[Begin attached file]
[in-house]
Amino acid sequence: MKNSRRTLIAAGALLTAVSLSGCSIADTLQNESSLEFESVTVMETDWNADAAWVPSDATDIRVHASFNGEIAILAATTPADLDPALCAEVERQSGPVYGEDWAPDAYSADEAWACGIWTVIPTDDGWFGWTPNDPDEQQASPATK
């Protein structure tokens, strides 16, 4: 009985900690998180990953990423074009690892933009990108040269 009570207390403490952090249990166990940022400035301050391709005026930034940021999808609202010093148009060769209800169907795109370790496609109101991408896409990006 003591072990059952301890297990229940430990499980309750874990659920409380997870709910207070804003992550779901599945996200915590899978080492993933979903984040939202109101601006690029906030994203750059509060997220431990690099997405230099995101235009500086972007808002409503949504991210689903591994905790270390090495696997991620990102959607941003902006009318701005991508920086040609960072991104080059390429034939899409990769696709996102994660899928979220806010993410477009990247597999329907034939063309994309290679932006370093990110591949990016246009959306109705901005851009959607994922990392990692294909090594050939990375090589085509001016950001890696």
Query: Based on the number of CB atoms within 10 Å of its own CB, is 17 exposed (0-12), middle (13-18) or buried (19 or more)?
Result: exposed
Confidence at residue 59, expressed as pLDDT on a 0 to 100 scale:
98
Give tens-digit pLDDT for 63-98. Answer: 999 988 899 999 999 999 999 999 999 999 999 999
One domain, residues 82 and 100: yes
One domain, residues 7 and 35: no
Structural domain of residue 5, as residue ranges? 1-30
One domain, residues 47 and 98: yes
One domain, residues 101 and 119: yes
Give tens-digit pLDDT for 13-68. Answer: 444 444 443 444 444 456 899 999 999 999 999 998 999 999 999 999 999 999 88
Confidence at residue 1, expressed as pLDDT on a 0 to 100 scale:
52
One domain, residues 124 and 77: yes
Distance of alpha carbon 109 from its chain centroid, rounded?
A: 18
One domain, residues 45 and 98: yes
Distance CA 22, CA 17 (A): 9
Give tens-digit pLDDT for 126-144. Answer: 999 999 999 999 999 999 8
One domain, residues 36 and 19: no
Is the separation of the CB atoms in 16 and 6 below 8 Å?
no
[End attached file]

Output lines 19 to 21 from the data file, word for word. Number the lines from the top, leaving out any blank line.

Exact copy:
A: 18
One domain, residues 45 and 98: yes
Distance CA 22, CA 17 (A): 9